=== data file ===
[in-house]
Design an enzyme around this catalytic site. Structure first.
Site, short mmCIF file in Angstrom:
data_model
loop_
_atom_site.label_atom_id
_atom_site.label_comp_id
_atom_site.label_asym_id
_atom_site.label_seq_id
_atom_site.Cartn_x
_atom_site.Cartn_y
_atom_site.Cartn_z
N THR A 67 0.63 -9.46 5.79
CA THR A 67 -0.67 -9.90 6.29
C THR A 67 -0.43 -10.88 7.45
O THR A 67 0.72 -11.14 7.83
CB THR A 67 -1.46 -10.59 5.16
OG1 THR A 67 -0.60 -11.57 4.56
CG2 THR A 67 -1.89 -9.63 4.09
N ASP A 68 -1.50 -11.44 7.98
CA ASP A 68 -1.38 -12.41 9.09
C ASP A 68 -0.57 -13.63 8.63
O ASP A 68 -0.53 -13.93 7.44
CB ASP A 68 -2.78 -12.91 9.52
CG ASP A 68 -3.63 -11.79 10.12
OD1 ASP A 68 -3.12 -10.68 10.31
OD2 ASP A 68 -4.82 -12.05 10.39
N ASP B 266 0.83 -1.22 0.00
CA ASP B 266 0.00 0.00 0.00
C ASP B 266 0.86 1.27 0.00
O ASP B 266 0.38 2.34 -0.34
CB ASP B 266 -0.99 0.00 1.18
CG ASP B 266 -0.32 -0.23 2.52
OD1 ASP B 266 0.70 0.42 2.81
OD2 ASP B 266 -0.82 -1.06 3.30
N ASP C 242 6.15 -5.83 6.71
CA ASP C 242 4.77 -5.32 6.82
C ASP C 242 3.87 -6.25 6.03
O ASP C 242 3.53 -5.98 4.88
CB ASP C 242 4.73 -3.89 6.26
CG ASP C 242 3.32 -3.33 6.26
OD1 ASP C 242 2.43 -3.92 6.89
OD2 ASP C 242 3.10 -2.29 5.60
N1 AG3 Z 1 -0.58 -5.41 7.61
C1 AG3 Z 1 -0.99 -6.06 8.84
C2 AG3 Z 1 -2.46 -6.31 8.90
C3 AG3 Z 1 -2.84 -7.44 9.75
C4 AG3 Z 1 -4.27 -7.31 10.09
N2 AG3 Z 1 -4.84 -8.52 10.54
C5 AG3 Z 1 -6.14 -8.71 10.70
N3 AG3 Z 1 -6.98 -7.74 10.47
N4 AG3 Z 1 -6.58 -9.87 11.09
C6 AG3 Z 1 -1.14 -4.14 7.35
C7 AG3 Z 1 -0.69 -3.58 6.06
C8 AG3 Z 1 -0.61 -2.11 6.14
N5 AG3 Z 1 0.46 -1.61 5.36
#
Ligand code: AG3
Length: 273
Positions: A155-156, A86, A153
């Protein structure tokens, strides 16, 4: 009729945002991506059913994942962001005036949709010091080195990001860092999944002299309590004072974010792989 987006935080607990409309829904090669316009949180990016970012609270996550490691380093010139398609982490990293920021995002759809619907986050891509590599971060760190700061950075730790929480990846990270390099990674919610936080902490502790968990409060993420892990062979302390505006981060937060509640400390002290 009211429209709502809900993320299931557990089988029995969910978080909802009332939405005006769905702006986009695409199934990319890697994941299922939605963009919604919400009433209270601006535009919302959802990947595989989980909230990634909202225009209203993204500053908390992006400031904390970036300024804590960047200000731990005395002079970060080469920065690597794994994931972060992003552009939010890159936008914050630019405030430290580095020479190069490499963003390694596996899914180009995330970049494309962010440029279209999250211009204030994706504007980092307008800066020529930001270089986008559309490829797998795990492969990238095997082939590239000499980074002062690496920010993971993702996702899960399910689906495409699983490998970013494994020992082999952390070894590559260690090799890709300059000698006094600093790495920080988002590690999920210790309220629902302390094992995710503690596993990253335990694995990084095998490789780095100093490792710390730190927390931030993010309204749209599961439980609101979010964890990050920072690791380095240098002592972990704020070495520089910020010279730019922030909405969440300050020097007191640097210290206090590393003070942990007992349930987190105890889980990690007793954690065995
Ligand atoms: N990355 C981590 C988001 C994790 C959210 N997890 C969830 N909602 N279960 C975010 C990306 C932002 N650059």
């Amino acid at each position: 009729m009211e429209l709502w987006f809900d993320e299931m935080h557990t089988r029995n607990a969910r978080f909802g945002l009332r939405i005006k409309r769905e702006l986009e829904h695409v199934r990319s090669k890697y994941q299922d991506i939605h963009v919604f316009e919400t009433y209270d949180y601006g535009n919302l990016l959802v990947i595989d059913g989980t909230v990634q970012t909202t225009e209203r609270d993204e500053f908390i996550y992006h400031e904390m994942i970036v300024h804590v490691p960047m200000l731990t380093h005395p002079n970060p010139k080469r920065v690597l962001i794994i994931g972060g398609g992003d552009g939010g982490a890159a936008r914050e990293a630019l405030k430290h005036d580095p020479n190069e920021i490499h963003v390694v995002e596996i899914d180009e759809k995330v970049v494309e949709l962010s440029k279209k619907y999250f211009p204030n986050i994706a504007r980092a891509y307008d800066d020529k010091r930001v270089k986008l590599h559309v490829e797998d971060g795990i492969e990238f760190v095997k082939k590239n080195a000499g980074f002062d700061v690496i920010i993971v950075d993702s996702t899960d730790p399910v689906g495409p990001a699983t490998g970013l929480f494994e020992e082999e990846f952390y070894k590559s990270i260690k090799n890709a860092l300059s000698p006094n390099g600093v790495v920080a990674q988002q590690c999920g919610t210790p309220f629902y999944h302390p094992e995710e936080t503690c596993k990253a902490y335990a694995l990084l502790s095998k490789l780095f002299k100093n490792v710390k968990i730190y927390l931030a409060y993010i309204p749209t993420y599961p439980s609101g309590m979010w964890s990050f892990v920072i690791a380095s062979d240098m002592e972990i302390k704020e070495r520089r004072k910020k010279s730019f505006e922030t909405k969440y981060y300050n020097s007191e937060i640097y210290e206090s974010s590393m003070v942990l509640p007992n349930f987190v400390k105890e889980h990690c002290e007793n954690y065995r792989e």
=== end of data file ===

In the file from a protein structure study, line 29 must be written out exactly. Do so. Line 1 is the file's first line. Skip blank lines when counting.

CA ASP B 266 0.00 0.00 0.00